7 Features to Increase Your Code Productivity in Visual Studio 2019
Did you know these coding features exist in Visual Studio 2019? In today's post, I cover seven features in Visual Studio 2019 I use every day for writing faster code
One of my co-workers was working on an API and wanted to know of a quick way to create objects based on a JSON file.
Once he had the JSON file, I demonstrated a new way to copy-and-paste "code" into your IDE (tip #3 below). He asked how long that's been in Visual Studio. I said since 2012.
Maybe I'm spoiled by Visual Studio, but it's one of the best IDEs I've used throughout my entire career to build web applications since the early 90's (actually, it was called Visual InterDev back then).
Microsoft's proprietary development environment (no, there isn't an open source version...yet) evolves every year where developers are always on the lookout for new features to increase their productivity in this IDE.
With Visual Studio 2019, all of the hooks are there to maximize your performance. To give you perspective on how far they've come with features, my post on taking your ASP.NET MVC development to Ludicrous Speed was done with Visual Studio 2012.
Ooof, I'm feeling old.
While I could make an entirely different post about all of the different extensions you could install to improve your coding performance, this post will highlight the coding features you receive right out of the box when you immediately start Visual Studio 2019.
Some features I mention aren't even in Visual Studio Code.
Who didn't see this coming?
Visual Studio's IntelliSense is one of the most mimicked feature in today's IDEs. I remember seeing it in Visual Basic back in 1997(-ish) and becoming more relevant in 2002 when .NET appeared.
With such a large class hierarchy in languages like C# and VB.NET, it's easy to overlook a method, but with IntelliSense, it gives you a quick class and method signature interactive tooltip at your fingertips allowing you to be more productive at writing FAST code!
2. T4 (Text Template Transformation Toolkit)
Did you know there was a code generator in Visual Studio?
I first found out about the T4 code generator back in 2008 and I've been using it for generating my entity framework entities, creating SQL merges based on tables, and writing mass amounts of code for common patterns.
You can even use T4 to generate SQL for deploying databases.
All without installing a single extension.
3. Paste into Classes
I remember this one feature in Visual Studio 2012 and how it was such a huge help when performing serialization/deserialization.
This was integrated into Visual Studio starting with 2017 and is one of the fastest ways to create a serializable class for custom objects in your application.
The process is extremely easy.
- Copy a sample of either valid XML or JSON.
- Create a new
.csfile for your soon-to-be class
- Under Edit -> Paste Special -> Paste XML (or JSON) as Classes
Automagically, your JSON (or XML) in your clipboard will be transformed into C# classes.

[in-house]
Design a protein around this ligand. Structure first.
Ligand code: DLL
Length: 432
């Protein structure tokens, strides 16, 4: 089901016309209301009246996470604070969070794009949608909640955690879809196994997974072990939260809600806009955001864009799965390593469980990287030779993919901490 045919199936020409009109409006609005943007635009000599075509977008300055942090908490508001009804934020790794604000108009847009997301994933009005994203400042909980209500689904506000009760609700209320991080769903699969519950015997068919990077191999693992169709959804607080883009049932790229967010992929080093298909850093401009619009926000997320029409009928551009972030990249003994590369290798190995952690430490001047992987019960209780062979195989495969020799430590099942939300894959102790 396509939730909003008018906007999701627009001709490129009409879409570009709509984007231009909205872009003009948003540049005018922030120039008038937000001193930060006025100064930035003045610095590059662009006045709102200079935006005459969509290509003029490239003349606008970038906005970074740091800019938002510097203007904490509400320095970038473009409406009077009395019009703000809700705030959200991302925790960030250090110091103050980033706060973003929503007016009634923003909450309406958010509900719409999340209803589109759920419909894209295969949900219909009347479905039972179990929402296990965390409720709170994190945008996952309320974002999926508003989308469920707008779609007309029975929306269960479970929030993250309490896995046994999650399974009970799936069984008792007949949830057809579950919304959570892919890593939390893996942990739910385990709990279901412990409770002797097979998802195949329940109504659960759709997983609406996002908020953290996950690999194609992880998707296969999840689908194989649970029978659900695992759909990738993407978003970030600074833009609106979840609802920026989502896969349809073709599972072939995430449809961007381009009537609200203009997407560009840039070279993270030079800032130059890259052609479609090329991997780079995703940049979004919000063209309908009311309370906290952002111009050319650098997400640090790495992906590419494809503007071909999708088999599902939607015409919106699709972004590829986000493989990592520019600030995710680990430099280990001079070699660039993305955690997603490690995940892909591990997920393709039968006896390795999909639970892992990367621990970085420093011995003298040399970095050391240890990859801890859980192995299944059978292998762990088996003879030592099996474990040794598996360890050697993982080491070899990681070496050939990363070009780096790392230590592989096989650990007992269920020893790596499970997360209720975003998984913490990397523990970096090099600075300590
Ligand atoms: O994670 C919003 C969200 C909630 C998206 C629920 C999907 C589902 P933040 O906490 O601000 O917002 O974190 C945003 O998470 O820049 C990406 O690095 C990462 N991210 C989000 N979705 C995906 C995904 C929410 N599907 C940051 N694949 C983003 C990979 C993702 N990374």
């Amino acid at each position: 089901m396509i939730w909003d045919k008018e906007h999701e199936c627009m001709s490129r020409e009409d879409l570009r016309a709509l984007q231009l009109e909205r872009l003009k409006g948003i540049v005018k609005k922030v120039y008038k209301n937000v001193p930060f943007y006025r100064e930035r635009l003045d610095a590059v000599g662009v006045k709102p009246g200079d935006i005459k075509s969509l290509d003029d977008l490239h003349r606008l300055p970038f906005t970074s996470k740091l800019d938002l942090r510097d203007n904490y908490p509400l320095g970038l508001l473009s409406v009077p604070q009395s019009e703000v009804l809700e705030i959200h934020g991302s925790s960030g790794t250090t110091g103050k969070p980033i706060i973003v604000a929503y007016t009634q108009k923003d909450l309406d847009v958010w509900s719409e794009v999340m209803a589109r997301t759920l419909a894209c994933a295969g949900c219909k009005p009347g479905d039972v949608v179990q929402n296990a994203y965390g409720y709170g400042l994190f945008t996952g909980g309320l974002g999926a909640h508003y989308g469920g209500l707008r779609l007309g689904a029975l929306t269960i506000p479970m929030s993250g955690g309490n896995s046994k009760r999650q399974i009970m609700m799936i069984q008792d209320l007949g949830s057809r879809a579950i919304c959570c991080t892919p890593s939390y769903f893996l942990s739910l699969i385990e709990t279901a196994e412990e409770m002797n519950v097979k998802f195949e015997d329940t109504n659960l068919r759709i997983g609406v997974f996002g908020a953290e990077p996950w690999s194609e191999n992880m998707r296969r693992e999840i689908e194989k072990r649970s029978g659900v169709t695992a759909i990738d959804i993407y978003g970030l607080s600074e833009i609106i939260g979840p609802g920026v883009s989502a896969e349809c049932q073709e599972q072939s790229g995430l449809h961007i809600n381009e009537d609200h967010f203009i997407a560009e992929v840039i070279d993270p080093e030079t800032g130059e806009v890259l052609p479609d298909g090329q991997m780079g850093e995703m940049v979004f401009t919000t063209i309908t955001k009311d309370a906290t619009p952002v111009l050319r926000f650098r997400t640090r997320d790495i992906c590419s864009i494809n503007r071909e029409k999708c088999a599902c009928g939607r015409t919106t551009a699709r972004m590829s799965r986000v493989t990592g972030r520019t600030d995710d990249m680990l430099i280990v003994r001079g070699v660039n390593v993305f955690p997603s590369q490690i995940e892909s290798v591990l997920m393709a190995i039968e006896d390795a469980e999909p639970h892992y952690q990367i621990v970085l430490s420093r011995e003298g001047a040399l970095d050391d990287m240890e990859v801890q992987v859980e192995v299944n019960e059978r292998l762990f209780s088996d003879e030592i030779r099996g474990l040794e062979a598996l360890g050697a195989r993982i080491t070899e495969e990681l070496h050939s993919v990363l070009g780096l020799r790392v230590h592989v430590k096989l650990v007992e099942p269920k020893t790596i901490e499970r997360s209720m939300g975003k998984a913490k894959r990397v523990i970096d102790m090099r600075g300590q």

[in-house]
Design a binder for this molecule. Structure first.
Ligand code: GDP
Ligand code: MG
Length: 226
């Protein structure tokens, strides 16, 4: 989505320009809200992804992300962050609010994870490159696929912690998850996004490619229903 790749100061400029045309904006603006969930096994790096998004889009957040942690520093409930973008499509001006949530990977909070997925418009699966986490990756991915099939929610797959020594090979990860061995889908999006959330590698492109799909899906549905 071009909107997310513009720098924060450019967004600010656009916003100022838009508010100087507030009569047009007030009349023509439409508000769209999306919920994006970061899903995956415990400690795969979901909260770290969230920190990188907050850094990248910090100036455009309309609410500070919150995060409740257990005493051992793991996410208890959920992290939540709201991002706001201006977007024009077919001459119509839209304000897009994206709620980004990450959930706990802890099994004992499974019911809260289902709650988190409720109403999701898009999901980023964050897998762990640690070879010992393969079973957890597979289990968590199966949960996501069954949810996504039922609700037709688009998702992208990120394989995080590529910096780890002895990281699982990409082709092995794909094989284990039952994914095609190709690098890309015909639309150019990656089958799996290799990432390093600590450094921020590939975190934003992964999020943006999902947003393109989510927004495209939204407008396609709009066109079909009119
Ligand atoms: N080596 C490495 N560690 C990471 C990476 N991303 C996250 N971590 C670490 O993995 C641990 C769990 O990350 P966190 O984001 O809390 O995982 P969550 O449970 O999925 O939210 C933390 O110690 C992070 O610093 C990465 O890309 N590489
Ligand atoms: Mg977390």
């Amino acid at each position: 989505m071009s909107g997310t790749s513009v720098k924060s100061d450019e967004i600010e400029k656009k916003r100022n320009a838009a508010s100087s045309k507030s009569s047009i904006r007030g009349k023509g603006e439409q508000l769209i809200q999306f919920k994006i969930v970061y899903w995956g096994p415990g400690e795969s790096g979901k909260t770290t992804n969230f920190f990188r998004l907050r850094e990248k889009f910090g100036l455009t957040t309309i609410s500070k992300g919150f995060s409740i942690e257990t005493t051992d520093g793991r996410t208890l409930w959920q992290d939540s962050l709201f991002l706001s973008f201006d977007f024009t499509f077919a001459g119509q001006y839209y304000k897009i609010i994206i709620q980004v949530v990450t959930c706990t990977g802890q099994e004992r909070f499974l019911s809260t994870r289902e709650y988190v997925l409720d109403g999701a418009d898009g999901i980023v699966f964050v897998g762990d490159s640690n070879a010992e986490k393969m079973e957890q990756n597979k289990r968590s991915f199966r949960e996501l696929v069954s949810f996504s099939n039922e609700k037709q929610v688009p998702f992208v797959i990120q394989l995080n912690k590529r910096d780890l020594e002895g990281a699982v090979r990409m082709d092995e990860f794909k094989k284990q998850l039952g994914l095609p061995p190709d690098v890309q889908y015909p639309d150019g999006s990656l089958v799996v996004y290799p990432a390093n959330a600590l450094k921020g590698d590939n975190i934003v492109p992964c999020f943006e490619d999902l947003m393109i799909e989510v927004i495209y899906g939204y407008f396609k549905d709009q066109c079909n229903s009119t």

What. A. Time. Saver!
I know a lot of you are groaning about me even mentioning this as a feature, but it's more of a convenience and a service where I honestly cannot live without NuGet.
For the veterans out there, do you remember a time when you had to scour the Internet to find the right assembly for a third-party product?
Now, you can easily download and immediately integrate the assembly into your application without even leaving your IDE.
Of course, there are times when you have version mismatches and other small discrepancies, but the NuGet integrations are getting better with every update of Visual Studio.
The pros easily outweigh the cons.
5. Application Templates
Again, I mentioned this in my series on how to build applications at ludicrous speed.
Once you have your application the way you want it,
- Left-click on the project in your Solution Explorer
- Click on Project -> Export Template...
NOTE: The Export Template has moved! It was originally under File -> Export Template... Now, it's under Project -> Export Template...
- After clicking Finish, your new template will appear as a new pre-made application under File -> New Project.
Snippets are becoming so important when writing code. So important, that Github made a whole site out of it (Gist.GitHub.com).
With Snippets, you don't even need to move out of your editing window to insert new code.
This gives you a library of small routines to scroll through and immediately bring up a window to insert your code.
To access them,
- Go to
Edit -> Intellisense -> Insert Snippet(or
Ctrl-K, Ctrl-X). Your keys may vary based on what Keyboard mapping you selected.
To manage your snippets, click
Tools -> Code Snippets Manager (
7. Live Unit Testing
Finally, Live Unit Testing is something I absolutely love.
It's a way for your tests to run behind the scenes while writing code. This feature alone ensures a certain amount of confidence in the code you write.
You can Start, Pause, or Stop your live unit testing. As you write code, your unit tests will run and display a notification in the left margin notifying you of whether your code is covered in a unit test (green checkmark) or not (red 'X').
All of these features are necessary in my day-to-day workflow while writing code.
Every. Single. Day. (Ok, maybe not the application templates, but the other 6 I use every day).
Keep in mind, these features evolved from small extensions in Visual Studio to finally arriving in full-blown versions of Visual Studio for production use so these features are battle-tested throughout the years.
These features are absolutely amazing and continue to define why Visual Studio is still the IDE developers choose.
Did you know about these features? Did you find any hidden gems in Visual Studio? Do you care about new code features? Post your comments below and let's discuss.